Be sure to allow time (up to several months) to look at a number of homes so that you have a good basis for making a final decision. Contact a Realtor to help you with your search. Many companies now have “buyer’s agents” who represent home buyers exclusively during the negotiation process.
Make an offer.
When you find a home that you like, carefully give it your own personal inspection. If you think this is “the one,” you will need to formally make an Offer to Purchase, including writing a check for a partial down payment (called “earnest money”) which tells the seller you are serious about your offer. Make sure the offer allows you to get your earnest money back if a professional inspection reveals problems with the house, or if you are unable to get financing. Also, be prepared for disappointment. During boom times, there may be several offers on a house and you may find yourself competing with other buyers. The seller will inform you through their Realtor if they formally “accept” your offer.
Apply for a mortgage loan.
After your offer is accepted, it is time to make an appointment and get your paperwork to your loan officer. Your loan officer will help answer your questions and may help you complete certain sections of the application. You will usually be asked to provide some money up-front to pay for a credit report and appraisal.
Order a professional inspection of the home.
While you’re making a formal application for a home loan, you should also be contacting a professional home inspector who will look over the house for potential problems with the structure. Usually, the purchase and sale agreement you sign gives you a limited amount of time to get the inspection done. Make sure your inspector is more than a “pest” inspector. You will want someone qualified to check out the plumbing, wiring, roofing, appliances, heating system, etc. They will look for water or pest damage and should check both the attic and basement or crawl space (if applicable).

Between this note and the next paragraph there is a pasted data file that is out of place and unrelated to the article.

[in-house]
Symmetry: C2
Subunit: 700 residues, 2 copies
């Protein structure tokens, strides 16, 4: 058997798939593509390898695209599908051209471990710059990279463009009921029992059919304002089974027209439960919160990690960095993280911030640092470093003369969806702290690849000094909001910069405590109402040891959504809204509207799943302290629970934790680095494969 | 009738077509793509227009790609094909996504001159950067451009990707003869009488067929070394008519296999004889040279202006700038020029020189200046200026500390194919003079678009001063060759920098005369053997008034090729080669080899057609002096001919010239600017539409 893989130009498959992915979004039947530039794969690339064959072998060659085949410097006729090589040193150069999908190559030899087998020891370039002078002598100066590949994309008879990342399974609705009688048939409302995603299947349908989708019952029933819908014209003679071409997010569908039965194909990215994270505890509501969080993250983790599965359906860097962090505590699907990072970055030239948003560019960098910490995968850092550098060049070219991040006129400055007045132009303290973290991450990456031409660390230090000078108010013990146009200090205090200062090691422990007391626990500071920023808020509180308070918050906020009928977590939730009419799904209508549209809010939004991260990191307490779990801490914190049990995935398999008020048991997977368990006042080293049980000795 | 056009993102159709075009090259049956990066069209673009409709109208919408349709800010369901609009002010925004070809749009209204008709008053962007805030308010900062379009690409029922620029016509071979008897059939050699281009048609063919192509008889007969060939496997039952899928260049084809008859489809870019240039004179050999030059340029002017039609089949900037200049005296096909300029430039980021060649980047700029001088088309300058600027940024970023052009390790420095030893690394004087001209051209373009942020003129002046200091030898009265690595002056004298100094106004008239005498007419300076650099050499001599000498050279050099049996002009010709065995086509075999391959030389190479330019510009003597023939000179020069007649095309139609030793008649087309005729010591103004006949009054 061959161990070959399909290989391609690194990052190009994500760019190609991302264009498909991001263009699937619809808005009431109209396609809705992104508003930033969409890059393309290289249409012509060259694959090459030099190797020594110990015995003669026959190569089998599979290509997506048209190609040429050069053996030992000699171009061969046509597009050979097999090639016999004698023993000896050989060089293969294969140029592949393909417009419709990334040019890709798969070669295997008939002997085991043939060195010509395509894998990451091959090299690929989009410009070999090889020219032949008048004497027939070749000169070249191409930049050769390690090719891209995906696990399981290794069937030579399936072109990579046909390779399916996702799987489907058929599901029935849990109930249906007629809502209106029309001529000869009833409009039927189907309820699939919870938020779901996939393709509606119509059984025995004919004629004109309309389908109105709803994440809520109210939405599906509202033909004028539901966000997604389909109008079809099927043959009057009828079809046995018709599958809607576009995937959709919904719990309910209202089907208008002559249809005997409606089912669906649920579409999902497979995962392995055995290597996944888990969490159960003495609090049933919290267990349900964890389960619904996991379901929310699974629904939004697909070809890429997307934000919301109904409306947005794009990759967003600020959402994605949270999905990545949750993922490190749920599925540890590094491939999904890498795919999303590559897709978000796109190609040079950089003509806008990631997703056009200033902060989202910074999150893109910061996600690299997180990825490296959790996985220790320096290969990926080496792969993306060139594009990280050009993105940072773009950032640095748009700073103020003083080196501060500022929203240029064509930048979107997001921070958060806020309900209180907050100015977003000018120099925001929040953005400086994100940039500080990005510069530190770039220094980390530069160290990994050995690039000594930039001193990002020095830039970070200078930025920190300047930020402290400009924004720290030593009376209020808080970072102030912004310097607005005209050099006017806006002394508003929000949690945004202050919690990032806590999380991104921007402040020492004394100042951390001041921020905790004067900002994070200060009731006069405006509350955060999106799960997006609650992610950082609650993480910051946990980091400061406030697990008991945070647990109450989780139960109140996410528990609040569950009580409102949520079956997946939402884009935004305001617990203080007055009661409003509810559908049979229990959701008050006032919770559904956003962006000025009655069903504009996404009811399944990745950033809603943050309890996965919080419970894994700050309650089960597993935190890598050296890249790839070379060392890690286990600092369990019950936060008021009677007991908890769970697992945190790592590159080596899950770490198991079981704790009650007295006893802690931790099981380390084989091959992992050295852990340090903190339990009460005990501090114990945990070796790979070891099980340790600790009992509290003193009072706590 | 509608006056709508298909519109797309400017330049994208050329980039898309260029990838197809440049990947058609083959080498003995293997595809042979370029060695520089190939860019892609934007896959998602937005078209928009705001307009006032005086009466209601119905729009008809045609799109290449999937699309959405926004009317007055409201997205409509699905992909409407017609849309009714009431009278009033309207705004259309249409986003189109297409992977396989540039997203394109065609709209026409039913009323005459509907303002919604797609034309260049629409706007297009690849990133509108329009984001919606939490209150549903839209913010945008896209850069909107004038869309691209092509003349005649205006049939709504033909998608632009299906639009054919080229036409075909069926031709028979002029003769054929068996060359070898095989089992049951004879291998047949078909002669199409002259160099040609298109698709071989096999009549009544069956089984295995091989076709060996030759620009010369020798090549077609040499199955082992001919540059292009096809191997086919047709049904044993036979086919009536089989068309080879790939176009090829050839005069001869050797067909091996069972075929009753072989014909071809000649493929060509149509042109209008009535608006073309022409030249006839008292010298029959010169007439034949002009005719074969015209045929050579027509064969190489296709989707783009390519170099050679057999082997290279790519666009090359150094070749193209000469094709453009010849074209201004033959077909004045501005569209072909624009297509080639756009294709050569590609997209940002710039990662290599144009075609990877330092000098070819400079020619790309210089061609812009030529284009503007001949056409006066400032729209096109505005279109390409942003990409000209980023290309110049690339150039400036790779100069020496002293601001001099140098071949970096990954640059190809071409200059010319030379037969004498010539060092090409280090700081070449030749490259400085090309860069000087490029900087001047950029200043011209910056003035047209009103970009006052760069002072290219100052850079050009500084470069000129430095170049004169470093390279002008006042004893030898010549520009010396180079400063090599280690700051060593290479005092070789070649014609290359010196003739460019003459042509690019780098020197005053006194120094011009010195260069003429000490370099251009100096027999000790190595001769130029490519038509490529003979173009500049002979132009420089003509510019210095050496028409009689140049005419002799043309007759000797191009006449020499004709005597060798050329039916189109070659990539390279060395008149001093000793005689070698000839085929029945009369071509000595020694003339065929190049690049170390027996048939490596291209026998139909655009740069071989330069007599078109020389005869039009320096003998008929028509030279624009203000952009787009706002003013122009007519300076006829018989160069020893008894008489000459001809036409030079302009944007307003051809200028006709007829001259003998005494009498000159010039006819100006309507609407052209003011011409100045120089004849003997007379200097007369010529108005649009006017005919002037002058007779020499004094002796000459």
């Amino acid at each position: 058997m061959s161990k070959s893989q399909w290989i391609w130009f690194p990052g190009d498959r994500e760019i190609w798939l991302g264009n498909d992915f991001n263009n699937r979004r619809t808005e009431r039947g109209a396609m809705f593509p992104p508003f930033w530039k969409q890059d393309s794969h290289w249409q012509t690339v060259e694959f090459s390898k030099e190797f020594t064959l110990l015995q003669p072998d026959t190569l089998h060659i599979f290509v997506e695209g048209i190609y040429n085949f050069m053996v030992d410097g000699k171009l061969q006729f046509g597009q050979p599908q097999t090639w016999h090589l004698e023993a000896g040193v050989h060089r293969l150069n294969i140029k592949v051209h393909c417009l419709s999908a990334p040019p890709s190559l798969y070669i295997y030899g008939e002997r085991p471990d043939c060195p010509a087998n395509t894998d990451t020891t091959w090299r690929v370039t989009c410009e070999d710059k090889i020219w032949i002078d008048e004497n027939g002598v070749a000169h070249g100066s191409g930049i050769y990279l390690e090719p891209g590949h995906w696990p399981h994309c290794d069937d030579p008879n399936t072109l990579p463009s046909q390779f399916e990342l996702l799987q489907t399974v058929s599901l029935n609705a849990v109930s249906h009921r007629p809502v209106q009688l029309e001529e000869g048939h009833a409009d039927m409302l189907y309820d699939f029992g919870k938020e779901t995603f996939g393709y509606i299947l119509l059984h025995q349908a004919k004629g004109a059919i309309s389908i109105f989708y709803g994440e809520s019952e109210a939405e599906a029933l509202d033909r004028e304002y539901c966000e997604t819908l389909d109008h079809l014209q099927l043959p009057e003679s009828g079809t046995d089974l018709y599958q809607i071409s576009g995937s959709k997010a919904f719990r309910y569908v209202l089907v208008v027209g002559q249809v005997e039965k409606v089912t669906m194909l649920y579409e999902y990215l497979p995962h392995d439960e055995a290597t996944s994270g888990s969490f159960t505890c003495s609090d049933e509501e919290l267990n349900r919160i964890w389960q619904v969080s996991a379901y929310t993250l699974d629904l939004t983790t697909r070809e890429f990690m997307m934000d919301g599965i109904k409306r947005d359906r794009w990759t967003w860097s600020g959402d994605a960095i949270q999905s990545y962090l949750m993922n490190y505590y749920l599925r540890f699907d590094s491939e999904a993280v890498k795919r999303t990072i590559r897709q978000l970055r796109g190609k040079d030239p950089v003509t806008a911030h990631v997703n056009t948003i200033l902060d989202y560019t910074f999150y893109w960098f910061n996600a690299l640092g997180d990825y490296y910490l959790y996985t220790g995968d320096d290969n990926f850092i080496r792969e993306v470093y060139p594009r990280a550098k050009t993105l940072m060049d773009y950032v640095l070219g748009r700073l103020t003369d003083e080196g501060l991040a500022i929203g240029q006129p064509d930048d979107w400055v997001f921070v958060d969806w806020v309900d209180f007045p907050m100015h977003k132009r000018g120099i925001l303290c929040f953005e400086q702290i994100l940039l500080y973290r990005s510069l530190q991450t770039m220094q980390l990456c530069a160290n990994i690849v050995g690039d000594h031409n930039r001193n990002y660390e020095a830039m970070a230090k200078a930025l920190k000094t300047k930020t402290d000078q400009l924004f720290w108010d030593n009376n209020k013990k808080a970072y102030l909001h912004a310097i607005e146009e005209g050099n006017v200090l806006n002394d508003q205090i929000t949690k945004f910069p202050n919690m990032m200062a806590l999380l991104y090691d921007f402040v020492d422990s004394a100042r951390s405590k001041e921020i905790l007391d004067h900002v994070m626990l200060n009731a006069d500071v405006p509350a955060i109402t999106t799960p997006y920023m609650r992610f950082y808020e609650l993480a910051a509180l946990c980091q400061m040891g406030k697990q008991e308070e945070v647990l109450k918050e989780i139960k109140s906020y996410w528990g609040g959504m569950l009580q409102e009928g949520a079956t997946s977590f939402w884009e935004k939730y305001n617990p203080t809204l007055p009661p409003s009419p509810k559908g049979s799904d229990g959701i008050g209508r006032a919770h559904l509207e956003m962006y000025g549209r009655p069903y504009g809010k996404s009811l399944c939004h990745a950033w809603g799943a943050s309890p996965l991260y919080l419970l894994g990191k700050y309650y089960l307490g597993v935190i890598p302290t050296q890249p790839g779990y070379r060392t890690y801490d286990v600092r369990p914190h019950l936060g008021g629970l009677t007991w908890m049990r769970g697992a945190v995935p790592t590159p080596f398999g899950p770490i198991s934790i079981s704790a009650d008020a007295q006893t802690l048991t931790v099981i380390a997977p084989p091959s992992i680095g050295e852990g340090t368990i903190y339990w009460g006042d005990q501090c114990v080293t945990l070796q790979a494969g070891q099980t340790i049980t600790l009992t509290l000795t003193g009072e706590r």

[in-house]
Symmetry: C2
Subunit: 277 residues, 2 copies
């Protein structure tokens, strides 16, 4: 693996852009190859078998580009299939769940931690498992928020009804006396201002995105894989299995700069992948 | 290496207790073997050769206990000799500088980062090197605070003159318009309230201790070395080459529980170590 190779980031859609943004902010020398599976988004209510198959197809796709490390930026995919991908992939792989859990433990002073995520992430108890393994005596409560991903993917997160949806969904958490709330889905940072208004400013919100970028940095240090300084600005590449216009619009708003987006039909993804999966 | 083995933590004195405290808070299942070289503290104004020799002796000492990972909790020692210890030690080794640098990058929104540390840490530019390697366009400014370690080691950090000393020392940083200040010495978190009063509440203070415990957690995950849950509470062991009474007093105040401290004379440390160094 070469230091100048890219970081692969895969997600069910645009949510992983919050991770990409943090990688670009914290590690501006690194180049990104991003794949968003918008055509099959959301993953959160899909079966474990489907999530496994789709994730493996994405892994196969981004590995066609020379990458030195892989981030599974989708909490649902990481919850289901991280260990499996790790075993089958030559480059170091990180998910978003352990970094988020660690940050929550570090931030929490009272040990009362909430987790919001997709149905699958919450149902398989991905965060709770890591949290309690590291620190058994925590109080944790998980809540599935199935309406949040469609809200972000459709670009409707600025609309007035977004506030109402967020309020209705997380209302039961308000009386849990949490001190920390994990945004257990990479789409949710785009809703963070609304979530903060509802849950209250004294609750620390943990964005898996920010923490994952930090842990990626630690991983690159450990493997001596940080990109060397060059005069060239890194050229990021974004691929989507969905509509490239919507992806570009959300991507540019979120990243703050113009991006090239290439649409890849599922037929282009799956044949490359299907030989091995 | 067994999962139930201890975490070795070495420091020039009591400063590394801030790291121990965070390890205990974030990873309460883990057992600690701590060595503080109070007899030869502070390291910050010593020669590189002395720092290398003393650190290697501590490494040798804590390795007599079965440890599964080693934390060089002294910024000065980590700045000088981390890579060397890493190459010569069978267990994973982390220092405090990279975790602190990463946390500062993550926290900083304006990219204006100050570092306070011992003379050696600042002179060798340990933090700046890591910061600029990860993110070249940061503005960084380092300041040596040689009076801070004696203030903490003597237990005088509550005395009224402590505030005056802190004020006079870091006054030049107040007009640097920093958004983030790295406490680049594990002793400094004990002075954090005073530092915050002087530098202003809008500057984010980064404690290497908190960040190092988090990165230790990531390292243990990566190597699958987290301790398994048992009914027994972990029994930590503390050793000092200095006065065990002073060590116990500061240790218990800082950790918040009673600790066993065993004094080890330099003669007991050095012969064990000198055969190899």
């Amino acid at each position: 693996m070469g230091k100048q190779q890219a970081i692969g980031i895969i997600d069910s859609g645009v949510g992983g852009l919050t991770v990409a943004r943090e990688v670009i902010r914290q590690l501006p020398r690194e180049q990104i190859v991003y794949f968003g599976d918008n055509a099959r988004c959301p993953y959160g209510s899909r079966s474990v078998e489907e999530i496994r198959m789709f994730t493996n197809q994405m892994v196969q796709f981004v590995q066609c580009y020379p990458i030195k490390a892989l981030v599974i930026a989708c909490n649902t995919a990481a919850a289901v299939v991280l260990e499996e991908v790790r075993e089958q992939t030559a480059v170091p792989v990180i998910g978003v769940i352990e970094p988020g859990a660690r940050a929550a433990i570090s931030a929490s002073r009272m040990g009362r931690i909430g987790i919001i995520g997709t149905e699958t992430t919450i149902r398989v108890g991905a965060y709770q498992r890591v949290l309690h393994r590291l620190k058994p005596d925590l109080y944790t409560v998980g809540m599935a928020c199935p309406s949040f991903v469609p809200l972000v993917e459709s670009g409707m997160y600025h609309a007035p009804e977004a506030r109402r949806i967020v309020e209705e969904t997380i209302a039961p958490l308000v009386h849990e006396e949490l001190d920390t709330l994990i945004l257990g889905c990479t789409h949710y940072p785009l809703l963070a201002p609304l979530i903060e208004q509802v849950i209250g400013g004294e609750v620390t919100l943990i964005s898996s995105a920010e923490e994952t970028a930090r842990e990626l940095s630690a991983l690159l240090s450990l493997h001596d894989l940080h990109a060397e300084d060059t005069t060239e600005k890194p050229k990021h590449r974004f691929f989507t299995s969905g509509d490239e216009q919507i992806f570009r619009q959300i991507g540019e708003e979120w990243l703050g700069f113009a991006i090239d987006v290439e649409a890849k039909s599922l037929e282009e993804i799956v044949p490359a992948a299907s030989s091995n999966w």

You should be present when the inspector views the home, as they can point out to you where electrical boxes and other system controls are located and how they operate. Expect to pay at least a couple hundred dollars for this inspection. If the results are unexpectedly negative, you may decide at this time not to go ahead with the purchase. (During the loan approval process, your lender also will require a professional appraisal of the home to determine its market value based on comparable home sales in the immediate area.)
Close the loan.
Assuming your lender approved your loan, you can expect to “close the loan” anywhere from several weeks to a little more than a month from the time you apply. At closing, you will be asked to bring a certified or official check to complete your down payment and pay loan fees. You will also be asked to sign all necessary legal documents. At this time, you’re given the keys to your new home!
Stay tuned for the the next post in our Home Buyer blog series..."5 Mistakes to Avoid When Thinking About Buying a Home".